The head of the London Metal Exchange spoke at a conference on Tuesday to discuss the process of setting gold pricing benchmarks, telling reporters that the methods are vulnerable to manipulation.
LME Chief Executive Garry Jones said the London fix is “obviously…open to manipulation” in the way the benchmark is currently determined. The data is set twice daily by several banks that discuss metal prices based on client transactions, according to reports.
The LME is now competing to establish an alternative to the silver fix, which is set to be disbanded in August. Deutsche Bank started the catalyst for the fix’s demise when it announced earlier this year that it would leave the group of banks that set the benchmark. A replacement could not be found.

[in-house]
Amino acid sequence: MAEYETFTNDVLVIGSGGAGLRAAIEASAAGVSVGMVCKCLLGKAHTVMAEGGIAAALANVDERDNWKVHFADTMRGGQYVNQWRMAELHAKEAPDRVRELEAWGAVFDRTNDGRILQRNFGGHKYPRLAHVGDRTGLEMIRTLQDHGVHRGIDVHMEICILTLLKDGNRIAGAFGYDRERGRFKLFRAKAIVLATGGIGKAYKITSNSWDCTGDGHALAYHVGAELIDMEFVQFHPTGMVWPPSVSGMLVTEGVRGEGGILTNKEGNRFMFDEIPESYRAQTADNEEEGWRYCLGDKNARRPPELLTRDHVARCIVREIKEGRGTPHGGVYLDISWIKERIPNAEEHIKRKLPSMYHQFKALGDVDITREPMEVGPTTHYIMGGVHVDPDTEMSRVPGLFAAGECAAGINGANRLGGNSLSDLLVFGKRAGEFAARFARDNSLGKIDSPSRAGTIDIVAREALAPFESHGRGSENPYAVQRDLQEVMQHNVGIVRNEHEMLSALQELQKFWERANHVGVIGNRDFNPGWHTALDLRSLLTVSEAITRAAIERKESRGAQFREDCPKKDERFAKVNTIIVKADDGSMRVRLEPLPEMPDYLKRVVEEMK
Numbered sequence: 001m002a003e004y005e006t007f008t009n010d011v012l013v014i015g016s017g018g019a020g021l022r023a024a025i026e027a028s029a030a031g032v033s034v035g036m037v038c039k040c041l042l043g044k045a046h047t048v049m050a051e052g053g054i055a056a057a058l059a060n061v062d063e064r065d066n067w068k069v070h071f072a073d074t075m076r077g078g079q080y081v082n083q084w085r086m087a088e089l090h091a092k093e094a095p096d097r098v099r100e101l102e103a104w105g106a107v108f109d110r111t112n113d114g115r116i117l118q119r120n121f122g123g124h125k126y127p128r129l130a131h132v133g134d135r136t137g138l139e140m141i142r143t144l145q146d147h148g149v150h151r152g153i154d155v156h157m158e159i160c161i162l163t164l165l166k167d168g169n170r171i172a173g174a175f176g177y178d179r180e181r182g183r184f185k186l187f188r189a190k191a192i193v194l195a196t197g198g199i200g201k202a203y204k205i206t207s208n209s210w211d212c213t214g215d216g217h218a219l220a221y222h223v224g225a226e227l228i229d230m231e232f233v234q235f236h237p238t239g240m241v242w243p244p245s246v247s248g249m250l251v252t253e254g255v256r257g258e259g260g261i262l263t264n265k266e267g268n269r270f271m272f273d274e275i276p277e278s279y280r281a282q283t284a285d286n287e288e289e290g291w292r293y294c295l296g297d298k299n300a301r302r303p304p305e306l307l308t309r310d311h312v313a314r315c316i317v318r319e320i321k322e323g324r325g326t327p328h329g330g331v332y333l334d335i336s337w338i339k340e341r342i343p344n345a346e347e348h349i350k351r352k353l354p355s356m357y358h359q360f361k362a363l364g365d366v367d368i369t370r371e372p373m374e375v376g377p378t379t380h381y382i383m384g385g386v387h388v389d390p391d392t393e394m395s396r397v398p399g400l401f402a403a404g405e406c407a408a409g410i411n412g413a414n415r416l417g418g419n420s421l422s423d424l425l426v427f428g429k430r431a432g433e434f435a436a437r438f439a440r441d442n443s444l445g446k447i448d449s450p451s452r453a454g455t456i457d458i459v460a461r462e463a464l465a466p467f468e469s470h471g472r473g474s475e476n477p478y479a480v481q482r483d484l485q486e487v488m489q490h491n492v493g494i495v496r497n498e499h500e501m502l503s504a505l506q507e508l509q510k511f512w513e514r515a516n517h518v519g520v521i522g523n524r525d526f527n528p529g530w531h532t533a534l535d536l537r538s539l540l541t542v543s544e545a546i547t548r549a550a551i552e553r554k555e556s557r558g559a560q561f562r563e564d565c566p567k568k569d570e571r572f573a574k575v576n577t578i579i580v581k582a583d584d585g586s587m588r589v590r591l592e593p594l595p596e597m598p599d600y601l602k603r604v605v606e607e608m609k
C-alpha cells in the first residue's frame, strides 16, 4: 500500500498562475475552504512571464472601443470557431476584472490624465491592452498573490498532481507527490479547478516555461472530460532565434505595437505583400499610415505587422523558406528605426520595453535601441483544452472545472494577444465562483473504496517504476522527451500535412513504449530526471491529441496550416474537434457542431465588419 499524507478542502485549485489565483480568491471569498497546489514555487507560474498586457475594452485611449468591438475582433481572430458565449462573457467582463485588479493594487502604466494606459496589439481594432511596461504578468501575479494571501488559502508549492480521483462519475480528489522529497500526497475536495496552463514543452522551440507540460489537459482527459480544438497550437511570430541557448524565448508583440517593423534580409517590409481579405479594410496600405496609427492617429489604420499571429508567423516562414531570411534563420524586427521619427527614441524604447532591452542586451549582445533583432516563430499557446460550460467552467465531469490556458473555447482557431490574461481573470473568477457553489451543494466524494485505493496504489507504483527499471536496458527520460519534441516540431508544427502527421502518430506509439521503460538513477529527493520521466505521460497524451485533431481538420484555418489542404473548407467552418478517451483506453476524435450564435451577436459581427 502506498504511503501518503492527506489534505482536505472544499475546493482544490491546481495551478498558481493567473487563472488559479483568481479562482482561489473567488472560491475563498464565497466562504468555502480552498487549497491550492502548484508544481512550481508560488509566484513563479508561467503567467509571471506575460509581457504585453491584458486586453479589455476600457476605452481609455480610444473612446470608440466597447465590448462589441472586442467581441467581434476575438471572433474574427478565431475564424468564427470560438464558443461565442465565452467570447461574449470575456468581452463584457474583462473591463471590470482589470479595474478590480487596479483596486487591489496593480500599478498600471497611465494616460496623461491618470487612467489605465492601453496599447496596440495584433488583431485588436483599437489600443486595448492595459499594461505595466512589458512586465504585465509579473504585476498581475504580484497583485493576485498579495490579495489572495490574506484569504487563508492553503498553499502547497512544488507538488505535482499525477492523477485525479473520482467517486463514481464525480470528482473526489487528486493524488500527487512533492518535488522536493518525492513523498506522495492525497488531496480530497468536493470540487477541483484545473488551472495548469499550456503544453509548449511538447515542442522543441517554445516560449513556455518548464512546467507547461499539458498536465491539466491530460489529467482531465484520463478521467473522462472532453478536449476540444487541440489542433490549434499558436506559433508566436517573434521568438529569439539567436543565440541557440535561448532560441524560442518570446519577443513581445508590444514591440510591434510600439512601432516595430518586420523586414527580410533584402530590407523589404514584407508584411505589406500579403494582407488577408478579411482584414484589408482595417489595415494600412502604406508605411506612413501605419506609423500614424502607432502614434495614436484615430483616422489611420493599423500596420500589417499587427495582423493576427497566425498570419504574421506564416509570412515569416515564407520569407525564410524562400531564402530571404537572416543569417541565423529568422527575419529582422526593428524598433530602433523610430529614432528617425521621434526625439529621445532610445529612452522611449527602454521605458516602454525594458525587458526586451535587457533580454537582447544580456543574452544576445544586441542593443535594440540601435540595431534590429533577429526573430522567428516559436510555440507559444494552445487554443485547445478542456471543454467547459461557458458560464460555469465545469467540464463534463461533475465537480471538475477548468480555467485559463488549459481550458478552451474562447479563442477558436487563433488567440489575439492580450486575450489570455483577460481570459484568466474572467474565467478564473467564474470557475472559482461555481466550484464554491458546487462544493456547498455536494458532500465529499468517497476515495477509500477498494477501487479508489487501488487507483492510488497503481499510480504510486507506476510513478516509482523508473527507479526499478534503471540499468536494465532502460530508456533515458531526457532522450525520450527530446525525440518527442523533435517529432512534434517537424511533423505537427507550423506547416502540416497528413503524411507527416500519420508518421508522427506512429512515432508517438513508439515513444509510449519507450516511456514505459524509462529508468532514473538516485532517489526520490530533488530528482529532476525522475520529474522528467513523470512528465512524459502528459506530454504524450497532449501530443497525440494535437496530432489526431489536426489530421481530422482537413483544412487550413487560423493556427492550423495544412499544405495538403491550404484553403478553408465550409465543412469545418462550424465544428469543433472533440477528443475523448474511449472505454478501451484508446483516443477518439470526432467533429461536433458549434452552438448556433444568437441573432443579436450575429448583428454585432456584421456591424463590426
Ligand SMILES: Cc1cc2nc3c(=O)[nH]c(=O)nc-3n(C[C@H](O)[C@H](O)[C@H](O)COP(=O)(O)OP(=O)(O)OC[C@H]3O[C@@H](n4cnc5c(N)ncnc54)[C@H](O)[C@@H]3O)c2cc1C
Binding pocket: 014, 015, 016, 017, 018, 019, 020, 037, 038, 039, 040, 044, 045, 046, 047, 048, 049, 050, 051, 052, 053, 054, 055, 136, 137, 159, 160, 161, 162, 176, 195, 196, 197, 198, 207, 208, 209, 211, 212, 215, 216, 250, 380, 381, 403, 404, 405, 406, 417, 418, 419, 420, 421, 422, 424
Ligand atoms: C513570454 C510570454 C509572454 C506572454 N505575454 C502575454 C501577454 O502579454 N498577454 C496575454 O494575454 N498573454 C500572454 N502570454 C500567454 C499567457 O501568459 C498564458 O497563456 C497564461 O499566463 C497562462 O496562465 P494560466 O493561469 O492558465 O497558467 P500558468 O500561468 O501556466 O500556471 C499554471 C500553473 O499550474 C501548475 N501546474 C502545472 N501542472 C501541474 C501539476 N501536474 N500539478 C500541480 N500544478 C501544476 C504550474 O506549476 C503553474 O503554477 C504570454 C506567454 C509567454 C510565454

But the LME announced last month that it is in discussions with the London Bullion Market Association to find a new, electronic-based method of setting silver benchmarks that are not as vulnerable to manipulation.
Full content: Reuters
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